The general statement of the inhabitants is, that the Cape is wasting on both sides, but extending itself on particular points on the south and west, as at Chatham and Monomoy Beaches, and at Billingsgate, Long, and Race Points. James Freeman stated in his day that above three miles had been added to Monomoy Beach during the previous fifty years, and it is said to be still extending as fast as ever. A writer in the "Massachusetts Magazine," in the last century, tells us, that, "when the English first settled upon the Cape, there was an island off Chatham, at three leagues' distance, called Webb's Island, containing twenty acres, covered with red-cedar or savin. The inhabitants of Nantucket used to carry wood from it"; but he adds that in his day a large rock alone marked the spot, and the water was six fathoms deep there. The entrance to Nauset Harbor, which was once in Eastham, has now travelled south into Orleans. The islands in Wellfleet Harbor once formed a continuous beach, though now small vessels pass between them. And so of many other parts of this coast.
Perhaps what the ocean takes from one part of the Cape it gives to another,—robs Peter to pay Paul. On the eastern side the sea appears to be everywhere encroaching on the land. Not only the land is undermined, and its ruins carried off by currents, but the sand is blown from the beach directly up the steep bank, where it is one hundred and fifty feet high, and covers the original surface there many feet deep. If you sit on the edge, you will have ocular demonstration of this by soon getting your eyes full. Thus the bank preserves its height as fast as it is worn away. This sand is steadily travelling westward at a rapid rate, "more than a hundred yards," says one writer, within the memory of inhabitants now living; so that in some places peat-meadows are buried deep under the sand, and the peat is cut through it; and in one place a large peat-meadow has made its appearance on the shore in the bank covered many feet deep, and peat has been cut there. This accounts for that great pebble of peat which we saw in the surf. The old oysterman had told us that many years ago he lost a "crittur" by her being mired in a swamp near the Atlantic side, east of his house, and twenty years ago he lost the swamp itself entirely, but has since seen signs of it appearing on the beach. He also said that he had seen cedar-stumps "as big as cart-wheels" (!) on the bottom of the Bay, three miles off Billingsgate Point, when leaning over the side of his boat in pleasant weather, and that that was dry land not long ago. Another told us that a log canoe known to have been buried many years before on the Bay side at East Harbor in Truro, where the Cape is extremely narrow, appeared at length on the Atlantic side, the Cape having rolled over it; and an old woman said,—"Now, you see, it is true what I told you, that the Cape is moving."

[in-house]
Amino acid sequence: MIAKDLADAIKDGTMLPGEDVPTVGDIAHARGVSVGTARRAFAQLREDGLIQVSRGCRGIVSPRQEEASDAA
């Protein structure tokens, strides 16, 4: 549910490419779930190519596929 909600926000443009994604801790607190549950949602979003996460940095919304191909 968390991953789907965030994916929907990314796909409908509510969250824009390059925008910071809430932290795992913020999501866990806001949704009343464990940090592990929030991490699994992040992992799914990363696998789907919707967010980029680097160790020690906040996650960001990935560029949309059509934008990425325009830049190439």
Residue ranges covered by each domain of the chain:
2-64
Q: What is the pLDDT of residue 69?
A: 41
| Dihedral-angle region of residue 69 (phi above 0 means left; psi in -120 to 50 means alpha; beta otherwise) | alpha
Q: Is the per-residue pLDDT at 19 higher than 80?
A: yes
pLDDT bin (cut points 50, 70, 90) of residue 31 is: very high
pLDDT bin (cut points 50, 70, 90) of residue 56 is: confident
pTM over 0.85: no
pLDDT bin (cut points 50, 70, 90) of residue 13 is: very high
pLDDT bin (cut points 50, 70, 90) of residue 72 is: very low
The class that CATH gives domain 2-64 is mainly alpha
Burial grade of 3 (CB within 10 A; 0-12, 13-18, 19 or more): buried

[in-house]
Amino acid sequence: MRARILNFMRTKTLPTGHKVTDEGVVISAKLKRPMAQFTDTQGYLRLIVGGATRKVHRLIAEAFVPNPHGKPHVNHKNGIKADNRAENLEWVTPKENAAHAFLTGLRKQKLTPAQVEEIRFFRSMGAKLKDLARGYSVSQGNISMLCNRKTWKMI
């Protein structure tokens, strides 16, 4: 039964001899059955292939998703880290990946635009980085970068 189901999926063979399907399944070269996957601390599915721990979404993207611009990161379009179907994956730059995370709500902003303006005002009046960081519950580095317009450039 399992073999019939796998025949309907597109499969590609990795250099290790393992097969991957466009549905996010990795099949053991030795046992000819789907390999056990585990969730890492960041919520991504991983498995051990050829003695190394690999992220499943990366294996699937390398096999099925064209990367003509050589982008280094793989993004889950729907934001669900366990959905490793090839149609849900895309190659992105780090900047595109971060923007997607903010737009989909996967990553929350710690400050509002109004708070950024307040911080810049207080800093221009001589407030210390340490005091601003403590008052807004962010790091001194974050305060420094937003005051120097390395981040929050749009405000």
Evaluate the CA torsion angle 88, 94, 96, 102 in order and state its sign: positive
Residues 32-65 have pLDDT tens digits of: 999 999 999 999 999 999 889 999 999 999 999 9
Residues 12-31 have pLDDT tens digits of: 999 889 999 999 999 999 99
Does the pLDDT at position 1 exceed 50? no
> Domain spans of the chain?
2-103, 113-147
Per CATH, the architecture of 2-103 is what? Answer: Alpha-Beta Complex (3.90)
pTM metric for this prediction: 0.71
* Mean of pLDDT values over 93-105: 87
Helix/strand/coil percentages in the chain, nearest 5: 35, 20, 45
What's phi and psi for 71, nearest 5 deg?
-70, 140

The bars along the coast shift with every storm, and in many places there is occasionally none at all. We ourselves observed the effect of a single storm with a high tide in the night, in July, 1855. It moved the sand on the beach opposite the light-house to the depth of six feet, and three rods in width as far as we could see north and south, and carried it bodily off no one knows exactly where, laying bare in one place a large rock five feet high which was invisible before, and narrowing the beach to that extent.